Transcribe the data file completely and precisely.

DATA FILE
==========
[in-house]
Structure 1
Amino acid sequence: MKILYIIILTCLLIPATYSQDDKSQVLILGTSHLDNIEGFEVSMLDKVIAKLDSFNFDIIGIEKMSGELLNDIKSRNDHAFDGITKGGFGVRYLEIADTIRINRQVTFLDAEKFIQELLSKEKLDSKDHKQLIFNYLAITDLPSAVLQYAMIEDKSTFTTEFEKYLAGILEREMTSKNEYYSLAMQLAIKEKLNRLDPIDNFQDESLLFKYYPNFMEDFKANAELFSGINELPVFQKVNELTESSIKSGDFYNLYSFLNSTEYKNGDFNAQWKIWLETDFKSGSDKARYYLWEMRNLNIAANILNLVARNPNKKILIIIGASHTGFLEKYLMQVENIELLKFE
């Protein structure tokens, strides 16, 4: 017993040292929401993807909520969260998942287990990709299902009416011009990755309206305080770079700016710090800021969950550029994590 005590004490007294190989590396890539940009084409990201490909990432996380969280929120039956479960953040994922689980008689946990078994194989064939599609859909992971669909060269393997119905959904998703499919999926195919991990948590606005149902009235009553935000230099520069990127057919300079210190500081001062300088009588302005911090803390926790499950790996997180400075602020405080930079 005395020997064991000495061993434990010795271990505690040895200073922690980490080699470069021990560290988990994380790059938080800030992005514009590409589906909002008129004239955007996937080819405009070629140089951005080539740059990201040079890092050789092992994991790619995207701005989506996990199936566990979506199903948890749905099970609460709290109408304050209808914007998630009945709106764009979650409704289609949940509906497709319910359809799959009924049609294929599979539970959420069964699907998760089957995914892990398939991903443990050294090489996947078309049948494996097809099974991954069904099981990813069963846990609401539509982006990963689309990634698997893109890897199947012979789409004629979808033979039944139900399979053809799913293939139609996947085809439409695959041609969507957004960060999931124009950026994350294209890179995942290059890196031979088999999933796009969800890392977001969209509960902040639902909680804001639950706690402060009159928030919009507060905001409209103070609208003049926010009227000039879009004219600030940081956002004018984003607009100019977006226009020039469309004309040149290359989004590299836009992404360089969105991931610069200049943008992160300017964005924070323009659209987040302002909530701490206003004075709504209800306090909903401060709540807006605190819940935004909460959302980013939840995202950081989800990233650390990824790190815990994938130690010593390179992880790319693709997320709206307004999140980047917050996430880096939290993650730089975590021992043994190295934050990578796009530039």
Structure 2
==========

[in-house]
Structure 1
Amino acid sequence: MKILYIIILTCLLIPATYSQDDKSQVLILGTSHLDNIEGFEVSMLDKVIAKLDSFNFDIIGIEKMSGELLNDIKSRNDHAFDGITKGGFGVRYLEIADTIRINRQVTFLDAEKFIQELLSKEKLDSKDHKQLIFNYLAITDLPSAVLQYAMIEDKSTFTTEFEKYLAGILEREMTSKNEYYSLAMQLAIKEKLNRLDPIDNFQDESLLFKYYPNFMEDFKANAELFSGINELPVFQKVNELTESSIKSGDFYNLYSFLNSTEYKNGDFNAQWKIWLETDFKSGSDKARYYLWEMRNLNIAANILNLVARNPNKKILIIIGASHTGFLEKYLMQVENIELLKFE
């Protein structure tokens, strides 16, 4: 017993040292929401993807909520969260998942287990990709299902009416011009990755309206305080770079700016710090800021969950550029994590 005590004490007294190989590396890539940009084409990201490909990432996380969280929120039956479960953040994922689980008689946990078994194989064939599609859909992971669909060269393997119905959904998703499919999926195919991990948590606005149902009235009553935000230099520069990127057919300079210190500081001062300088009588302005911090803390926790499950790996997180400075602020405080930079 005395020997064991000495061993434990010795271990505690040895200073922690980490080699470069021990560290988990994380790059938080800030992005514009590409589906909002008129004239955007996937080819405009070629140089951005080539740059990201040079890092050789092992994991790619995207701005989506996990199936566990979506199903948890749905099970609460709290109408304050209808914007998630009945709106764009979650409704289609949940509906497709319910359809799959009924049609294929599979539970959420069964699907998760089957995914892990398939991903443990050294090489996947078309049948494996097809099974991954069904099981990813069963846990609401539509982006990963689309990634698997893109890897199947012979789409004629979808033979039944139900399979053809799913293939139609996947085809439409695959041609969507957004960060999931124009950026994350294209890179995942290059890196031979088999999933796009969800890392977001969209509960902040639902909680804001639950706690402060009159928030919009507060905001409209103070609208003049926010009227000039879009004219600030940081956002004018984003607009100019977006226009020039469309004309040149290359989004590299836009992404360089969105991931610069200049943008992160300017964005924070323009659209987040302002909530701490206003004075709504209800306090909903401060709540807006605190819940935004909460959302980013939840995202950081989800990233650390990824790190815990994938130690010593390179992880790319693709997320709206307004999140980047917050996430880096939290993650730089975590021992043994190295934050990578796009530039």
Structure 2